2008 Joint Meeting of The Geological Society of America, Soil Science Society of America, American Society of Agronomy, Crop Science Society of America, Gulf Coast Association of Geological Societies with the Gulf Coast Section of SEPM

Paper No. 6
Presentation Time: 2:45 PM

A Geologic Processes Course for Planetary Scientists

LANG, Nicholas P.1, FEDO, Christopher M.1 and WHISNER, S. Christopher2, (1)Earth and Planetary Sciences, University of Tennessee, 1412 Circle Drive, Knoxville, TN 37996, (2)Department of Environmental, Geographical and Geological Sciences, Bloomsburg University of Pennsylvania, 400 E. Second St, Bloomsburg, PA 17815, nlang1@utk.edu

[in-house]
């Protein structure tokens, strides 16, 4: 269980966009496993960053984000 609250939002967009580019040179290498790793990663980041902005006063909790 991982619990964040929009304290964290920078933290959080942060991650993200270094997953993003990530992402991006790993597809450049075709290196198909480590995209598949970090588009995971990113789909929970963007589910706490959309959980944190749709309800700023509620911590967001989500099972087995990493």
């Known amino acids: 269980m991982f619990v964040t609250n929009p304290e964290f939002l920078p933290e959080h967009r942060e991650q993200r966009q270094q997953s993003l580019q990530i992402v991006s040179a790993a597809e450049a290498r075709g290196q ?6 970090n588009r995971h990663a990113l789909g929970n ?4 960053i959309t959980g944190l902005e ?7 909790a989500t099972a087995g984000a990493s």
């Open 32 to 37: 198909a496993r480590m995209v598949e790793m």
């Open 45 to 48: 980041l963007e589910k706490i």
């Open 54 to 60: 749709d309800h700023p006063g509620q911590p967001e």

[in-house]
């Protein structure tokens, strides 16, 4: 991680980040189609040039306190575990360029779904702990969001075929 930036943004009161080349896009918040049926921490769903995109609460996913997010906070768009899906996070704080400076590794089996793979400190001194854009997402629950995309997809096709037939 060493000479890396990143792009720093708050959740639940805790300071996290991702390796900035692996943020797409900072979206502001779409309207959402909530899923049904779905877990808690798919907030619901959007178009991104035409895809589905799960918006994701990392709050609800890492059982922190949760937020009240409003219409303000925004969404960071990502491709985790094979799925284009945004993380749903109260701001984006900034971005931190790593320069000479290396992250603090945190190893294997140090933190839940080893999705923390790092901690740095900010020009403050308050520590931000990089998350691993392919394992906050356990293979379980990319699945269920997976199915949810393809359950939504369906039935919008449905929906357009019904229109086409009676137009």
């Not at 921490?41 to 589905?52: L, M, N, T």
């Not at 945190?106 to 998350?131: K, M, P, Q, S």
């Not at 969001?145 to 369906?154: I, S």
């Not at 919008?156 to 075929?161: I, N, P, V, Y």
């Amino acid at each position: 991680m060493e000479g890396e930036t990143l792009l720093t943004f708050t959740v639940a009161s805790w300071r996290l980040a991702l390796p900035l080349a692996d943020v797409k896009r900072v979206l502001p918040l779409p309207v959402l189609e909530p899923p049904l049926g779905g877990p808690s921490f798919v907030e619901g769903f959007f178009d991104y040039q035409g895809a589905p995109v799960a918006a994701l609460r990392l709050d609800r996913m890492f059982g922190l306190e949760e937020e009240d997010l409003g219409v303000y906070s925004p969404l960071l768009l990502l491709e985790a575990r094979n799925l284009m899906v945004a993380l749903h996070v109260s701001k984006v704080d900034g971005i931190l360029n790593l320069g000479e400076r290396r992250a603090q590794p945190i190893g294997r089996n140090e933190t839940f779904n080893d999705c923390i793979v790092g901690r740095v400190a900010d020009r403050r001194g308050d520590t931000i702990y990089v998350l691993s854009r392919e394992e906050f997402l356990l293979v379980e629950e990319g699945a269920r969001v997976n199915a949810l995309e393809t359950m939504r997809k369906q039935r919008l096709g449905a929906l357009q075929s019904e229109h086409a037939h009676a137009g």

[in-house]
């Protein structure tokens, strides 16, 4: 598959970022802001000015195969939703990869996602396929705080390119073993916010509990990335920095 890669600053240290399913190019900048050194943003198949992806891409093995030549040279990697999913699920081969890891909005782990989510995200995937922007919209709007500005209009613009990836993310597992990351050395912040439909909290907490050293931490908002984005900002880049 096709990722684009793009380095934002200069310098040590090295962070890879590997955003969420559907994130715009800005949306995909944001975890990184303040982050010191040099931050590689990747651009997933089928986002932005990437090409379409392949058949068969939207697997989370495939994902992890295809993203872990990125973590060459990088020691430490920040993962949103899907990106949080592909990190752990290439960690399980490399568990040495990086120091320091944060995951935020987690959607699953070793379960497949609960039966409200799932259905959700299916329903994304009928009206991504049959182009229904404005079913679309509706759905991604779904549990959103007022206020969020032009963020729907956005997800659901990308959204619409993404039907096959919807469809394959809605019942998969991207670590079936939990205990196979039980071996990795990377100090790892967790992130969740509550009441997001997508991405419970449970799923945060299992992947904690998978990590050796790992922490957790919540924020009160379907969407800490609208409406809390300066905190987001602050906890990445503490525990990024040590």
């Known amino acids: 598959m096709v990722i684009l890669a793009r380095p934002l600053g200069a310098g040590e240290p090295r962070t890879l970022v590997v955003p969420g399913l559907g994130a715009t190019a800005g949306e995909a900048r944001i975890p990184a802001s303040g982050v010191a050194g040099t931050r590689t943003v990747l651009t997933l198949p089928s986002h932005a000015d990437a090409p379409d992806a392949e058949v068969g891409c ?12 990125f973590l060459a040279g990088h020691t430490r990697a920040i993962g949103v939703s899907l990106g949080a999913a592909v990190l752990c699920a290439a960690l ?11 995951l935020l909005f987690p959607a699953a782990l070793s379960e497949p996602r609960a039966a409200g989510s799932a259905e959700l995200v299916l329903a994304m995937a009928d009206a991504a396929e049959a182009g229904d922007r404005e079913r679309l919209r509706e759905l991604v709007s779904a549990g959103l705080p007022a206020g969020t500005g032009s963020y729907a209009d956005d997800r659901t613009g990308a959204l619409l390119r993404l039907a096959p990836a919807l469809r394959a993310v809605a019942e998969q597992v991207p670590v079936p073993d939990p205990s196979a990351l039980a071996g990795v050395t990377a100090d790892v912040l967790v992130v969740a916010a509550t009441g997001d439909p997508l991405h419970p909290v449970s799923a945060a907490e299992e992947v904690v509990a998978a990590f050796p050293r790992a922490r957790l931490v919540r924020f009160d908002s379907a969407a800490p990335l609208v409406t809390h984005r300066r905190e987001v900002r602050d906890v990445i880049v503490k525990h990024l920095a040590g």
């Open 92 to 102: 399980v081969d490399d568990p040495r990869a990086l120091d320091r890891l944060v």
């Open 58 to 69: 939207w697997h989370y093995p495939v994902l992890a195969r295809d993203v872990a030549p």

Paramount to unraveling processes that have shaped the surfaces of other planets is a fundamental understanding of geologic processes as they operate on Earth. Here we describe a class we recently taught at the University of Tennessee aimed at providing planetary science students solid backgrounds in sedimentology, structural geology, volcanology, and geological relationships through the integration of discussion, in-class exercises, and an extensive field trip to the Mojave Desert region of CA and NV. In-class exercises consisted of interpreting and discussing visible satellite images of the Cima volcanic field (CVF) and the Keystone Thrust (KT) – two of a number of locations visited on the field trip and that provide useful geology lessons relevant to the interpretation of other planetary surfaces. The CVF is tied to crustal thinning and mantle derived melts and is useful for highlighting magmatic processes from melt generation to its emplacement at the surface. The KT is a thrust fault in the Spring Mountains juxtaposing Paleozoic limestone against Mesozoic aeolian cross-bedded sandstone and is useful for highlighting contact relations, the ‘rule of v's', and three-dimensionality. During class, students geologically mapped the images with the goals of identifying contacts, determining possible timing relationships, and identifying questions and predictions addressable in the field. On the field trip, students were given an overview of both areas and were set to collecting field data appropriate for addressing their questions and predictions. By combining image interpretation with visiting field sites, not only did the students learn about specific geologic processes, but they also gained an appreciation of scale as well as an understanding of the level of question addressable by examining a 2-D satellite image versus working in the field. Although we emphasize only two locales, the Mojave region hosts a plethora of geologically intriguing spots addressable in the manner described here.